Dr Usmani on the FDA Approval of Cilta-Cel for Relapsed/Refractory Multiple Myeloma


Saad Z. Usmani, MD, MBA, FACP, FASCO, discusses the FDA approval of cilta-cel for relapsed/refractory multiple myeloma.

Saad Z. Usmani, MD, MBA, FACP, FASCO, chief, Myeloma Service, Memorial Sloan Kettering Cancer Center, discusses the significance of the FDA approval of ciltacabtagene autoleucel (cilta-cel; Carvykti) for patients with relapsed/refractory multiple myeloma who have received at least 1 prior line of therapy.

On April 5, 2024, the FDA approved cilta-cel for the treatment of adult patients who have received at least one prior line of therapy, including a proteasome inhibitor and an immunomodulatory agent, and who are refractory to lenalidomide (Revlimid). This regulatory decision was based on findings from the phase 3 CARTITUDE-4 trial (NCT04181827). Data from the press release says that cilta-cel resulted in a 59% reduction in the risk of disease progression or death vs standard therapies, according to the press release issued by Johnson & Johnson.

Although the indication expansion for cilta-cel permits the use of this agent in more patients than ever before, Usmani says that the accessibility of CAR T-cell therapy and the capacity of cellular therapy transplant centers remain areas of necessary further consideration. Triplet therapy regimens are available to patients with multiple myeloma in the early relapsed setting, Usmani notes. However, for functionally high-risk patients who did not experience long-term progression-free survival outcomes with their first or second line of therapy, cilta-cel is a promising subsequent treatment option, Usmani explains. The efficacy of cilta-cel in the early relapsed setting of multiple myeloma was initially demonstrated in small cohorts of patients in the phase 2 CARTITUDE-2 trial (NCT04133636), and data in this patient population from the larger phase 3 CARTITUDE-4 trial validated the CARTITUDE-2 findings, according to Usmani.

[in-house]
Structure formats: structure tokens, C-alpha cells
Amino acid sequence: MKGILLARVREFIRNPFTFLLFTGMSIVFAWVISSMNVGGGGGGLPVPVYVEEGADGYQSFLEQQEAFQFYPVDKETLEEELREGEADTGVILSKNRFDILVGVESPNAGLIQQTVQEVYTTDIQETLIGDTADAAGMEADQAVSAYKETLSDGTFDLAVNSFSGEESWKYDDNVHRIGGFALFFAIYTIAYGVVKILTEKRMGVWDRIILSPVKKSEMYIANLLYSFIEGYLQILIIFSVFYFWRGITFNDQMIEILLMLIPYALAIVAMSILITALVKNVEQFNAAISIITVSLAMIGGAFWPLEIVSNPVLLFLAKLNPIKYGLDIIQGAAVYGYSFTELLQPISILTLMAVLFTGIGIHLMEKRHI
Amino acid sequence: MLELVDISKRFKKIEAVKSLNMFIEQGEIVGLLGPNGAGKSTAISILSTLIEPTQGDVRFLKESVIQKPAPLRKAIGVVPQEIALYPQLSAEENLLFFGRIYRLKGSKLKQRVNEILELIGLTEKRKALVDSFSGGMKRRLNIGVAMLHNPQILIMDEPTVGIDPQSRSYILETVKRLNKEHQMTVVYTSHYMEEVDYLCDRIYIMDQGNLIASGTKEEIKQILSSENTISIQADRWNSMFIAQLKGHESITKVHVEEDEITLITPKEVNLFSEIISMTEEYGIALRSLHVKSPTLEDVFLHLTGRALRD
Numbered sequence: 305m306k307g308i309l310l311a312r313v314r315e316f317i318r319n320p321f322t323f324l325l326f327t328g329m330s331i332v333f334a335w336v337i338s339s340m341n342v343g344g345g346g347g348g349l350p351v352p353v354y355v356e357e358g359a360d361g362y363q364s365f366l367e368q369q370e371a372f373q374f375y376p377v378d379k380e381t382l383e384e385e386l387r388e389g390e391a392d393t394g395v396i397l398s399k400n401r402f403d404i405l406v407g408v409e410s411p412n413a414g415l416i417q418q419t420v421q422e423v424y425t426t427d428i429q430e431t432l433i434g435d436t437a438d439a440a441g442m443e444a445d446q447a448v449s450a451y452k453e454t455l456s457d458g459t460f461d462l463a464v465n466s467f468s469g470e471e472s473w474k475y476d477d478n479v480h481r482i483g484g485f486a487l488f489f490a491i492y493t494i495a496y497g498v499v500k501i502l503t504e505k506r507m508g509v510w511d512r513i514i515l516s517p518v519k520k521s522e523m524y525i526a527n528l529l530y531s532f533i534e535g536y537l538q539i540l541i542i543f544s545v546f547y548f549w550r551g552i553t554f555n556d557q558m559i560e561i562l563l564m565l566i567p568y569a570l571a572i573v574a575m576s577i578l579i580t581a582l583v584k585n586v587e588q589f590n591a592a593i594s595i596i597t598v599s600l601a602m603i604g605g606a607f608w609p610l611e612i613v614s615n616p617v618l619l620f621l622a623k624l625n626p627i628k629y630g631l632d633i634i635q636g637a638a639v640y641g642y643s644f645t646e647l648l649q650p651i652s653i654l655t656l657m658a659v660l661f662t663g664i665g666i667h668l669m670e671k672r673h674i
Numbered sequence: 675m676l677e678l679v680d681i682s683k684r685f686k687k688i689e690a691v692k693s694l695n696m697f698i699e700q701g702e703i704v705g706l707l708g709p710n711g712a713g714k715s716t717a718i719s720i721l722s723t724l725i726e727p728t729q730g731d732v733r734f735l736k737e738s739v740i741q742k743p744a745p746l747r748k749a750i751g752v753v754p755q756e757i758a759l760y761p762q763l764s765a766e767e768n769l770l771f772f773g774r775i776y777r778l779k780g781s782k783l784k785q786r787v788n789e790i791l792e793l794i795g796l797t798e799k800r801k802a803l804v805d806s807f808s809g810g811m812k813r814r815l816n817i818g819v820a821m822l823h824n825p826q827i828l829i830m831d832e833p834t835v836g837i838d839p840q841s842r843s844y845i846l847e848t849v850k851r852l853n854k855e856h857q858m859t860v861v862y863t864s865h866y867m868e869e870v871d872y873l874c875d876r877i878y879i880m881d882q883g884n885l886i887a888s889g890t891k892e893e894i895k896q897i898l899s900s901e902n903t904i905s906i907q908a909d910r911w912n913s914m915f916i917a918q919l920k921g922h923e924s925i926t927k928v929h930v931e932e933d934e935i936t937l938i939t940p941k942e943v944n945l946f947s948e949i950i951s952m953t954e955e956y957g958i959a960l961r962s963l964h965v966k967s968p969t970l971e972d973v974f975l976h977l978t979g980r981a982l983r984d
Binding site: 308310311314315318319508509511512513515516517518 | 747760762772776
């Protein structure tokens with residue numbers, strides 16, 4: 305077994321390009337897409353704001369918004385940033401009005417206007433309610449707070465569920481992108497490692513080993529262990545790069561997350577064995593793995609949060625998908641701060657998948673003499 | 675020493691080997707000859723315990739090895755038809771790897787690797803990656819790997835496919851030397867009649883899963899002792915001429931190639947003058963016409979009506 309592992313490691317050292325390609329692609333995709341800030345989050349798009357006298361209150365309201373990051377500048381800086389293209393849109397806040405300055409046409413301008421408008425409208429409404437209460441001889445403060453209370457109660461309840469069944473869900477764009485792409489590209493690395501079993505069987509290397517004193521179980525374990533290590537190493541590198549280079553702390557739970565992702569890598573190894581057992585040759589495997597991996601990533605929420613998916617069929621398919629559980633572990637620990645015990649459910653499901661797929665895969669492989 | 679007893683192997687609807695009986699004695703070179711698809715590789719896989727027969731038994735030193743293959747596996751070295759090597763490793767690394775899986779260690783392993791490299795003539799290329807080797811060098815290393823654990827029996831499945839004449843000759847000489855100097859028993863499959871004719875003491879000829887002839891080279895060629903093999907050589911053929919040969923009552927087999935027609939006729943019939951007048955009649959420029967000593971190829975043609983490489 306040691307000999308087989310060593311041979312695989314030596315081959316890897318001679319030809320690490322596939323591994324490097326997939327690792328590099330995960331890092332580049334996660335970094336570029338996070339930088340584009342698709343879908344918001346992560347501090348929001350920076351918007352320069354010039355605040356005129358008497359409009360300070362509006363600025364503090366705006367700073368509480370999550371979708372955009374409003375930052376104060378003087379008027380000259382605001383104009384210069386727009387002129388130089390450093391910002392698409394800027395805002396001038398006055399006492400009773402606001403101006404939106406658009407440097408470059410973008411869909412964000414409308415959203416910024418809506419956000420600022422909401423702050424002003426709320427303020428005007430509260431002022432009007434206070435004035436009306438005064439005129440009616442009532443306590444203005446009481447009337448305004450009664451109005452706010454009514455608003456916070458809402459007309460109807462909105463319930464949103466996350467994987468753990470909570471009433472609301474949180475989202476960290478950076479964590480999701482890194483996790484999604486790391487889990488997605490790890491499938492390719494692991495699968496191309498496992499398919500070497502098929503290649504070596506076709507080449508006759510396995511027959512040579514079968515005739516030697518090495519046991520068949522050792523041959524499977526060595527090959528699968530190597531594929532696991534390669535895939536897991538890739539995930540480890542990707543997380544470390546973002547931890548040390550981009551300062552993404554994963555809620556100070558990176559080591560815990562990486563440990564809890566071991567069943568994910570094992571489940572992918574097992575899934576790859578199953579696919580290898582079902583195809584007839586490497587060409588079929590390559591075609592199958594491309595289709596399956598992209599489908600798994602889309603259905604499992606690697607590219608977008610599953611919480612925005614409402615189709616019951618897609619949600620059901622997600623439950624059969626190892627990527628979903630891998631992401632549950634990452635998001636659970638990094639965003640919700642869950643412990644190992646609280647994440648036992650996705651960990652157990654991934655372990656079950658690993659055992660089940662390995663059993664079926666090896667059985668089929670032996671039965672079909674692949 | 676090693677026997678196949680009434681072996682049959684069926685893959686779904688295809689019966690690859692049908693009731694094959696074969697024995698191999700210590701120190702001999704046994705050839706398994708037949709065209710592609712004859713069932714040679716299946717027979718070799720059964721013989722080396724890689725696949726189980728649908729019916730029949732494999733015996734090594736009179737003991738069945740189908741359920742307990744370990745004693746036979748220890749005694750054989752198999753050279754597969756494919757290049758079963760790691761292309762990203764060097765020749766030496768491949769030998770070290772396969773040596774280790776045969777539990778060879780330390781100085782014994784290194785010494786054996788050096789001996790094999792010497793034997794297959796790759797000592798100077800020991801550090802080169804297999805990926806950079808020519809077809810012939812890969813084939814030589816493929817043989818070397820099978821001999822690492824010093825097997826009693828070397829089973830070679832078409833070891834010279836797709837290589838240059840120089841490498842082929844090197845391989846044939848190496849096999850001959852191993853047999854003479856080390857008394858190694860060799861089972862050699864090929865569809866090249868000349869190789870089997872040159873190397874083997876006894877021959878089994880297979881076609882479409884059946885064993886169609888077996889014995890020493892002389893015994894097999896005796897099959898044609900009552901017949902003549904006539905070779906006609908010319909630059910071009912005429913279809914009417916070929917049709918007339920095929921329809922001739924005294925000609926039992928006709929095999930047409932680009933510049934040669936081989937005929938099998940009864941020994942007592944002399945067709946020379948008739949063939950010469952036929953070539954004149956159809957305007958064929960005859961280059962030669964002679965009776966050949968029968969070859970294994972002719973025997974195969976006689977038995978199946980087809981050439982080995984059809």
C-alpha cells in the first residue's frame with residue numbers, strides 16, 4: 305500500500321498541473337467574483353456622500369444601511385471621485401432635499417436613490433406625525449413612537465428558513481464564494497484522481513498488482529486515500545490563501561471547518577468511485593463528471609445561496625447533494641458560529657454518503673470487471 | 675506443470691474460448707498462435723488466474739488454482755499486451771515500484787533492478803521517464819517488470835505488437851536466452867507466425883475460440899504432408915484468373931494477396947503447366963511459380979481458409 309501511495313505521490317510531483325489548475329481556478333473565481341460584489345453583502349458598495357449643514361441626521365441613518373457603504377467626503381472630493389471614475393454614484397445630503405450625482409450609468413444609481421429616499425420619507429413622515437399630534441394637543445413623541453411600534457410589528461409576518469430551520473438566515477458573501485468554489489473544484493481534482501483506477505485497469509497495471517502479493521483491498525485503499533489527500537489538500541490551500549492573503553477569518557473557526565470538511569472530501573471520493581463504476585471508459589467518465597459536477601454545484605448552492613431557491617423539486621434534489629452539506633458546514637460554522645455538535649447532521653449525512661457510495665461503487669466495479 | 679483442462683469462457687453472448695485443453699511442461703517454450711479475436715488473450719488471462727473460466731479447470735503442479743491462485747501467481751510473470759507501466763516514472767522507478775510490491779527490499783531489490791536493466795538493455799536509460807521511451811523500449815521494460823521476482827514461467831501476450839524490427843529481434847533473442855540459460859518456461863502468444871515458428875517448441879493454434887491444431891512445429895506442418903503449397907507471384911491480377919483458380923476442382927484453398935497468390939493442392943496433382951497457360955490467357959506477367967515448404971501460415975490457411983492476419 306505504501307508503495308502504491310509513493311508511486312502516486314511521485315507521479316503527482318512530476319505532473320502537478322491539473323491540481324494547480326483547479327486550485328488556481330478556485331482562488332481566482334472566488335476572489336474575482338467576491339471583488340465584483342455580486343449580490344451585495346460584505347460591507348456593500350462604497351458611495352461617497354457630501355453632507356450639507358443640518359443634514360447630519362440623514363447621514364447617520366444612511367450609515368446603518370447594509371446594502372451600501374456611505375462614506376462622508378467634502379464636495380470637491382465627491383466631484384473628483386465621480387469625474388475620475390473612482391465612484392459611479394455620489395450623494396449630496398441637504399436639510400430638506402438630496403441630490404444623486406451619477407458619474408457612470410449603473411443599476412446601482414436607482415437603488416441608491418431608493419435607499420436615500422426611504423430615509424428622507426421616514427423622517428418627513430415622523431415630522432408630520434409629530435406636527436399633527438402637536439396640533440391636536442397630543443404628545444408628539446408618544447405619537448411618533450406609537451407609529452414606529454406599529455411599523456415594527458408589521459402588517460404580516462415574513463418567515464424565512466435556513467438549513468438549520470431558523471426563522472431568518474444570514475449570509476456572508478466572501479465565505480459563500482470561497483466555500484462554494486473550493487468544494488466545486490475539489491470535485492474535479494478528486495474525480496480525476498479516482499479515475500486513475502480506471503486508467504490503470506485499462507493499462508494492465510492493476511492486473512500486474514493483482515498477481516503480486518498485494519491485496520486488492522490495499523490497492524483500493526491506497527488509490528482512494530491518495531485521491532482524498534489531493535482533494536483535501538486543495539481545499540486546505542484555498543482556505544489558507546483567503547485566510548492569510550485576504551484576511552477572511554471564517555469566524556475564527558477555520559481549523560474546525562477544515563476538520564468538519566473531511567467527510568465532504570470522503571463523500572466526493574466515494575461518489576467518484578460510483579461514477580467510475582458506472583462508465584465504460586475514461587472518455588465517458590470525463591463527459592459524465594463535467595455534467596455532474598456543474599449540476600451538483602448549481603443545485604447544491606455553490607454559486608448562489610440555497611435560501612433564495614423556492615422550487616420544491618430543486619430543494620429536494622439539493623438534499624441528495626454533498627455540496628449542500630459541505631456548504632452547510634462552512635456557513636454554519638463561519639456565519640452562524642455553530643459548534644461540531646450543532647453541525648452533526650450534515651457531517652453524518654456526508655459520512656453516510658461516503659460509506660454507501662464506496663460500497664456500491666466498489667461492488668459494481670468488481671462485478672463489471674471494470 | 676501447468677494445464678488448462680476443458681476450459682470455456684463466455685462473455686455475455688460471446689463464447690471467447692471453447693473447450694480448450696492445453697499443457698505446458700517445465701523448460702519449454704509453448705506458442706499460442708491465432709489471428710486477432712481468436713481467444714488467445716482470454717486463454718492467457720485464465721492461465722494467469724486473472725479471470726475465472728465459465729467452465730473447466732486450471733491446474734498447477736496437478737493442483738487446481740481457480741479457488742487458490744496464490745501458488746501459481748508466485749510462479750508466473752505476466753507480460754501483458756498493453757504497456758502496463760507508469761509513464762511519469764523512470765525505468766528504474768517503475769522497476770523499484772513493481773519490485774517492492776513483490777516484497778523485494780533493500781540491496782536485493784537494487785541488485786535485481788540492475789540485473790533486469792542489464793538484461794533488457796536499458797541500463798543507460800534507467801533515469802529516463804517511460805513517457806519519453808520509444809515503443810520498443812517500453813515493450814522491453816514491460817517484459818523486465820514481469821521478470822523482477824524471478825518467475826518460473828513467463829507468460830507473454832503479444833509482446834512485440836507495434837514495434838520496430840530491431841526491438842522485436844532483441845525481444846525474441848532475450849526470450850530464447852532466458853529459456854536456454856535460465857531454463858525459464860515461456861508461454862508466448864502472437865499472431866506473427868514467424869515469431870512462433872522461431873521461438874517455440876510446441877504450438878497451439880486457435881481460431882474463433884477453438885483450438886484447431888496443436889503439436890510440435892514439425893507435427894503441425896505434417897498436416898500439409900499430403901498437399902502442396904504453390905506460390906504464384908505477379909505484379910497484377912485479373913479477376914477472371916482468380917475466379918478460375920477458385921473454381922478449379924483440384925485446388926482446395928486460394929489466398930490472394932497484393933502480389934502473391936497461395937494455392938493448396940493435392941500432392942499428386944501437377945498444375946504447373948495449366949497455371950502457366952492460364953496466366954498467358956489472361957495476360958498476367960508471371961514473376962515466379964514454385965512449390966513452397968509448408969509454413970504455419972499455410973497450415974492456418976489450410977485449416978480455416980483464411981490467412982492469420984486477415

Conducting informative conversations with patients regarding their treatment options in the early relapsed setting is important, Usmani emphasizes. Additionally, patients who receive cilta-cel will experience the benefit of a drug-free period after recovering from this CAR T-cell therapy infusion, Usmani says. When discussing myeloma treatment options with patients, oncologists should present the benefits of cilta-cel along with the potential logistical complications of receiving such a therapy, Usmani concludes.

Clinicians referring a patient to MSK can do so by visiting msk.org/refer, emailing referapatient@mskcc.org, or by calling 833-315-2722.
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